Forgetting Natasha Heart-rending, yet life-affirming, snapshot of life
10 Aug 2011
State of Flux is the name of the company that so seamlessly weaves together the strands of dance, poetic text and digital media in Forgetting Natasha.
And flux is the state that Natasha is experiencing as, day by day, she loses herself in encroaching dementia.
For Natasha, nothing joins up any more. Let’s be as honest as this brilliantly conceived, imaginatively delivered piece and say that nothing joins up for her at all. Natasha’s sense of past and present identity is out of reach, disintegrating, taking with it all semblance of family life and relationships.
It’s an increasingly familiar territory off-stage as well as on. What makes Forgetting Natasha – directed by Heather Eddington – genuinely heart-rending, yet surprisingly life-affirming, is how the brutal effects of dementia are translated, without phoney sentimentality or hyperventilating drama into convincing words, movements and film images. These coalesce, creating vivid memory banks that subsequently spiral off-screen in bursts of monochrome graphic projection. In so many ways, we see and hear the person Natasha was from bolshy teen to adulthood, married with a cherished daughter before the frustrations of memory loss maroon everything in limbo.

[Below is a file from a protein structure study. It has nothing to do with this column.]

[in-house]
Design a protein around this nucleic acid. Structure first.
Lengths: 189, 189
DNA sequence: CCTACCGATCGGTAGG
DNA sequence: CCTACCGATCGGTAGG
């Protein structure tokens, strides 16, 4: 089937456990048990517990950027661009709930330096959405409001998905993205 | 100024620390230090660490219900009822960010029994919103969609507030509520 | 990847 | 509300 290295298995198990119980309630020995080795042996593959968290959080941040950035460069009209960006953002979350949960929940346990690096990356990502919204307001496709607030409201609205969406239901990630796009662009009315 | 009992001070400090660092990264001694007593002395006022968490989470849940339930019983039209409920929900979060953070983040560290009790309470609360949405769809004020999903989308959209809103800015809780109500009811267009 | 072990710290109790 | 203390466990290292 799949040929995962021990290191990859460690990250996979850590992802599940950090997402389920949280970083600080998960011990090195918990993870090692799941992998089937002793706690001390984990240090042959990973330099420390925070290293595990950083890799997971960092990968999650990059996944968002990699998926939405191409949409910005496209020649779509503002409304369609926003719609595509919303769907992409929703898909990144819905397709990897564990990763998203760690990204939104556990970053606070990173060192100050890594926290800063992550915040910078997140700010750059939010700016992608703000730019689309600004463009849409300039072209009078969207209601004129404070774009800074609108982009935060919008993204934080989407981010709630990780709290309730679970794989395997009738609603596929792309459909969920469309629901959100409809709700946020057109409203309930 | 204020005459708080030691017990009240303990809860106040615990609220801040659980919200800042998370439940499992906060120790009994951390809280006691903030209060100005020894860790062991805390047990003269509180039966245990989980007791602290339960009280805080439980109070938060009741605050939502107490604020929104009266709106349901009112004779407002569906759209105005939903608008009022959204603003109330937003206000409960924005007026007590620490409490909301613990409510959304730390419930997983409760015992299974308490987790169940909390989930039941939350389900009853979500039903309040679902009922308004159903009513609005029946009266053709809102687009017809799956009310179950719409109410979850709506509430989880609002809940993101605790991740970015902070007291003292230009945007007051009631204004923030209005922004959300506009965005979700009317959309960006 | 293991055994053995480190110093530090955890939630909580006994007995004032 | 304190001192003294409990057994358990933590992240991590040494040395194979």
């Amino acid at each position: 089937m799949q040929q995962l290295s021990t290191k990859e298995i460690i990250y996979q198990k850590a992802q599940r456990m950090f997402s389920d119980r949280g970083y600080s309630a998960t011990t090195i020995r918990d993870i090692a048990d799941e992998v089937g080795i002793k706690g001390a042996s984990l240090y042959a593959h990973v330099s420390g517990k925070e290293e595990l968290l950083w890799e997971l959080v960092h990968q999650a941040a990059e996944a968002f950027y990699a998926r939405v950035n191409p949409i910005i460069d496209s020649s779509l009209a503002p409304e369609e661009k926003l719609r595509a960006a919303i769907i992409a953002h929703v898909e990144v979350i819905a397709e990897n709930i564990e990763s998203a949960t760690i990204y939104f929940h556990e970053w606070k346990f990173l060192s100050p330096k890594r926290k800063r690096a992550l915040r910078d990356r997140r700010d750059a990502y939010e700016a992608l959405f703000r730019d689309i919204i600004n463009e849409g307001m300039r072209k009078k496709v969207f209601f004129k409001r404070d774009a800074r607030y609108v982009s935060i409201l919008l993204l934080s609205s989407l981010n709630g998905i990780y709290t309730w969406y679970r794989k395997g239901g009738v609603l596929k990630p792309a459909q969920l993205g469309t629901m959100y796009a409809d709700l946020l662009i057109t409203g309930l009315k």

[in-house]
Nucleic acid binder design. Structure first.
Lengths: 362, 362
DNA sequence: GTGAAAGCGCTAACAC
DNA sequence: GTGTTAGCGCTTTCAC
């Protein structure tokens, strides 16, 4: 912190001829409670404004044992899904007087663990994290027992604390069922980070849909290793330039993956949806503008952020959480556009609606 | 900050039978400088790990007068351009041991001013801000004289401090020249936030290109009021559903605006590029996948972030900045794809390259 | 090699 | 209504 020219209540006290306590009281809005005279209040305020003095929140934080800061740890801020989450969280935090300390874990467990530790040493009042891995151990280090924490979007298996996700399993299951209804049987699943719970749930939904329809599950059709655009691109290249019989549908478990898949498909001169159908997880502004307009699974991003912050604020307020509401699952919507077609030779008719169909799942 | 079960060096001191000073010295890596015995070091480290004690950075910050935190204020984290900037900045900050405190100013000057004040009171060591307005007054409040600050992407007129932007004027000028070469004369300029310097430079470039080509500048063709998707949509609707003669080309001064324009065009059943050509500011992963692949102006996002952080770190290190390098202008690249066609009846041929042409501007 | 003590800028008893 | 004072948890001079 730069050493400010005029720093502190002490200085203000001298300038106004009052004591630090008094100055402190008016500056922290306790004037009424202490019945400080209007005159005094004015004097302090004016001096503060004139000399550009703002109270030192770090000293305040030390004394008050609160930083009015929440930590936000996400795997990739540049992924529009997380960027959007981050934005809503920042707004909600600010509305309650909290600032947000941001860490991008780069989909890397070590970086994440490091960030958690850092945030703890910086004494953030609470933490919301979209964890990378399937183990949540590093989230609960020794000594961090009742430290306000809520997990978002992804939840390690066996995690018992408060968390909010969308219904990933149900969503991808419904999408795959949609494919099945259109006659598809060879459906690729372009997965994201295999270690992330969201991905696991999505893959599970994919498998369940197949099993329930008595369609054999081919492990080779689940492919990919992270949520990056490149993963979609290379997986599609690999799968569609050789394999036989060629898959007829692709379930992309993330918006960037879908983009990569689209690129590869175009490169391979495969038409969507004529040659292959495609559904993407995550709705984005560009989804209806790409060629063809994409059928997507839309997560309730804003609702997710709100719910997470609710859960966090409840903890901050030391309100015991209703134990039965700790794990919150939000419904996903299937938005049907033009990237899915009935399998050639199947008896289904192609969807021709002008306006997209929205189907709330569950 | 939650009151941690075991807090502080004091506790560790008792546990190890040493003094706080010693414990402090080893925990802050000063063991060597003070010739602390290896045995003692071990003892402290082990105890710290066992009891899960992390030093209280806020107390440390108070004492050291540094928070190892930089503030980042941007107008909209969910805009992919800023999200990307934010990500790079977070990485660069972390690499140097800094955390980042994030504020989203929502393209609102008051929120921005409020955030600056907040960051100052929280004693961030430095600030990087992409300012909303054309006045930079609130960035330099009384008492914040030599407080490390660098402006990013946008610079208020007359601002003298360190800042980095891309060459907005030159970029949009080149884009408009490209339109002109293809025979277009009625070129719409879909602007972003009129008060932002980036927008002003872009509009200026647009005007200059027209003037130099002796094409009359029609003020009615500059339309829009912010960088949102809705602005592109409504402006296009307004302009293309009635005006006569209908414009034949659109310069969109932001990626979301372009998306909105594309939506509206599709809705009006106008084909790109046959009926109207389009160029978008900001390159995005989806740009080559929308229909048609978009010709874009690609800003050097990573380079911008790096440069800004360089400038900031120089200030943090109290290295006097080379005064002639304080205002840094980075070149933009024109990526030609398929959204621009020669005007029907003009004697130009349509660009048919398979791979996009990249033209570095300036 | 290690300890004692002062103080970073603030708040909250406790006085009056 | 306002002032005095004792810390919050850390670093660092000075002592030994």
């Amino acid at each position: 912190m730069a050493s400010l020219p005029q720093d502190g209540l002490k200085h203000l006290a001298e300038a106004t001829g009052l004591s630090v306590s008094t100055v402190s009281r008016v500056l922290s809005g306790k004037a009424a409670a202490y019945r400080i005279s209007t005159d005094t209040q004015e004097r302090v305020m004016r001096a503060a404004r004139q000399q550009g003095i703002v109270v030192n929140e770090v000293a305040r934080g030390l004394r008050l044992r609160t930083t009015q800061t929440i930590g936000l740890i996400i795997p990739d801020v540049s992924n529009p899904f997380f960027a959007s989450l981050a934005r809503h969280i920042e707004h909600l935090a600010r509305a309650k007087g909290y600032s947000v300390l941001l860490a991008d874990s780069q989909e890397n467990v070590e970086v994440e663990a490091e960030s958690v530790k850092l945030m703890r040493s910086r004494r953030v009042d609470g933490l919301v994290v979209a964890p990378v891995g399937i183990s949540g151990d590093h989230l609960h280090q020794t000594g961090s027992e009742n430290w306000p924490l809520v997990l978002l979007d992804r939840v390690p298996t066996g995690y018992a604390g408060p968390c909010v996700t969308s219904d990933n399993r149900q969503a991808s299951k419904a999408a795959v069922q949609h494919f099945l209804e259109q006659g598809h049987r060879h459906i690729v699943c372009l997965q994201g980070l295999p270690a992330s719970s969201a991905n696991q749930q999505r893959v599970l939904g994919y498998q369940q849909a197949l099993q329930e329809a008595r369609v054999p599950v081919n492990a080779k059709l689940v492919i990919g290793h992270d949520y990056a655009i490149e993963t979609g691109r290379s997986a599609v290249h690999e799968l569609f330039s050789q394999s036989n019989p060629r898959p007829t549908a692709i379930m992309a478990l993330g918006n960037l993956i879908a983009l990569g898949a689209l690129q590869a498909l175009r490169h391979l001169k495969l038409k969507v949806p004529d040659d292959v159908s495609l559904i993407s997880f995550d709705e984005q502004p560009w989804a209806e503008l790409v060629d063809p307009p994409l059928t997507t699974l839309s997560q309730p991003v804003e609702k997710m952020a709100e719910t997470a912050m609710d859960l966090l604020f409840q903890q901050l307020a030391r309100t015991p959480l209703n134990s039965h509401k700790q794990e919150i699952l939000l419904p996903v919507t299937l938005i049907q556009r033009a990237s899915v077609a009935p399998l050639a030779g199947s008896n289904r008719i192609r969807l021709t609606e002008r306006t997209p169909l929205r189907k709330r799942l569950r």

The dancers, Melissa Spiccia (primarily Natasha), Josephine Darvill-Mills and Baptiste Bourgougnon, make the shifts between speech and choreography flow with an ease that, along with their synchronising with the graphics (by KMA), belies the challenging complexity of the concept. And even as the images on the front gauze emphasise Natasha’s narrowing confines, these three consummate performers ensure the humanity of her story reaches out to all of us.